Between Parallel Lights
This Italian duo emerges once again with their third album of psychadelic post-punk music.
The band has been touring all over Europe and so remains busy, yet during that time they've managed to pull together ten of these intensely dark and moody tracks for this album.
As with their previous work, the music is intense in the vein of extreme reverb with heavy synths and psychadelic guitars over the driving drums. As a full album it still suffers a bit from the monotonous structures in vocals and the intense guitars, yet the overall mood on each piece is great if you pick them apart and digest them one at a time. The soaring guitars remain a favorite element in and of themselves, yet over time across ten tracks they can start to grate on the nerves. The intense, pulsating synthesizers remain the solid foundation for the album as the tribal drums move the music along from one piece to the next.
Throughout the album a few pieces stand out a bit and have been featured on our radio show for fans to enjoy. While the pulsating synths of "Inland" start off great, the warped guitars and monotone vocals start to grind you down a bit. As we drift on to "Shatter", the more melodic structure breaks it up a bit and the intensity only slowly picks up as the track moves along. Yet as we get to "Directions", we arrive at one of those stand-out tracks that captures the attention a bit more, again with the heavily layered synths taking the prominent role on this piece while the guitars become more of an accent, or in this case an exclamation point on the overall song structure. The album carries on with this mix of synths, driving tribal drums and psychadelic soaring guitar through out one piece after the next. The variety in the song structure between pieces breaks it up just enough for the listener to maintain their sanity. The intensity on some pieces is great depending on the mood you're in and overall I think the band has really created a unique and recognizable sound for themselves that comes out strong on this album. "Fury" pours on the intensity with the percussion and "Silver Veins" replaces the psychadelic guitar in the forefront with powerful synths that ring out and give the Cold Wave genre whole new meaning on this piece with the intense reverb on the vocals and backing tracks. The album shifts back to the classic structures of tribal drums and soaring guitars on the closing piece "Wall", bringing it all together full circle.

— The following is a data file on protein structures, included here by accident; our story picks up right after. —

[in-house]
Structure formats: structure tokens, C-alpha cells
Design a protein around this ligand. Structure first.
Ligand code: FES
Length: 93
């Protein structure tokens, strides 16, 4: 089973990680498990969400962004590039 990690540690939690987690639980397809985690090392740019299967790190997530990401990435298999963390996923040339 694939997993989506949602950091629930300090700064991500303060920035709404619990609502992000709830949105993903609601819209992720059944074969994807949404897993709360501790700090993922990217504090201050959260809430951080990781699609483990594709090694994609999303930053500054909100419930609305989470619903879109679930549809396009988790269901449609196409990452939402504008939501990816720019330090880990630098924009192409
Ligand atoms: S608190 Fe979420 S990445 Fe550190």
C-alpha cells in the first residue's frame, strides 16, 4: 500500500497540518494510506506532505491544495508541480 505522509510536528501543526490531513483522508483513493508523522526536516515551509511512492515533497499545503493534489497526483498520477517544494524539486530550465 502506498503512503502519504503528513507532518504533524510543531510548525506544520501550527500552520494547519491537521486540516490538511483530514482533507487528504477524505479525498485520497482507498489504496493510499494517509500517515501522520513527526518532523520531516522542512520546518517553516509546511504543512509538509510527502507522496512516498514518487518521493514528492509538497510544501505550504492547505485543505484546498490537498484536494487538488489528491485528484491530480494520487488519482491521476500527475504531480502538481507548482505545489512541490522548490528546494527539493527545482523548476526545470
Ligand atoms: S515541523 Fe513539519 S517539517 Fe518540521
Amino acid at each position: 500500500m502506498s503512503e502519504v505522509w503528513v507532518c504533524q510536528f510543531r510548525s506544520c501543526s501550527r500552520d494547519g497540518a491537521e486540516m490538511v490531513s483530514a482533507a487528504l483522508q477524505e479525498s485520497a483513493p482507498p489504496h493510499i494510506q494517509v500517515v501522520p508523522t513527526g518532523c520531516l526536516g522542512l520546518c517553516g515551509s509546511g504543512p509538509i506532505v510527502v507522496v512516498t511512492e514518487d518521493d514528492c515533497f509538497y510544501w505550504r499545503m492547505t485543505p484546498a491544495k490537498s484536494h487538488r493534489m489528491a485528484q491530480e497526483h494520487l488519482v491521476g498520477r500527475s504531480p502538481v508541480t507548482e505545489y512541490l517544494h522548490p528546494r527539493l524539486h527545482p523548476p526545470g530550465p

Once again a good album in the genre with a lot of unique characteristics. As I listen to selections presented on our radio show they mix well and are great pieces. But to sit through all ten tracks in one sitting is a bit intense for me unless I'm in a mood to really do so. Fans of the heavy reverb found in shoegaze, various related noise projects and dark and intense cold wave bands will enjoy this album. For us it's a nice addition to our collection and great to present as a nice accent to our related artists in the genre.
Dream For The Fall - Review
Having been introduced to this band some time ago, we've received tracks here and there from their past releases which we've enjoyed on our radio shows. In 2014 the band pulled together their 2nd full-length album which we introduce here.
The album comes packed with their hypnotic style of cold wave and post punk music across eight powerful tracks.
As I've been listening to the various tracks from this band I get visions of Mike VanPortfleet of Lycia
playing his soaring guitars alongside The Cure
circa the Porgnography
album era with female vocals. This mixture is a great mix that fans of all the classic post punk bands can really enjoy. The band has even covered "A Forest" with their trademark style of heavy synths with the layered soaring guitars with female vocals all mixed together while sitting in an echo chamber. The reverb comes out strong on each track yet the heavy beat moves everything along nicely so it doesn't drift off into a psychadelic trip, but remains grounded in the cold wave and post punk roots.
The album does come across with a homogenous style, not varying much except in pace or intensity a bit. The vocals end up being a bit monotonous as well on certain tracks (ie. "Star Rex"), but overall the album shines as a real gem in this genre. A few pieces stand out from the others and while still representing the band and album well, these are the selections that we enjoy on our radio shows. "Crystallized" kicks off the album and sets the tone for the rest of the work with all of the aforementioned key elements that comprise the songs from this band on this album. "Deep Metals" brings on the heavy percussion which is a nice touch on this piece to help give a little variety and keep the music moving. The synths on a few of the tracks bring out a bit more of a melodic style breaking the monotone a bit on "Triangle" and later adding just a nice touch on "Lower Lovers". "Neon" is a great selection to close the album with the heavy pulsating synths and percussion for a nice finale to the album.
In summary it's a great album in this genre. It may not be the most melodic or creative, but definitely grounded in their foundational style and sound. Individual tracks on our radio show are a great addition and an interesting change, while maybe listening to much of their catalog in a single sitting might get a bit monotonous.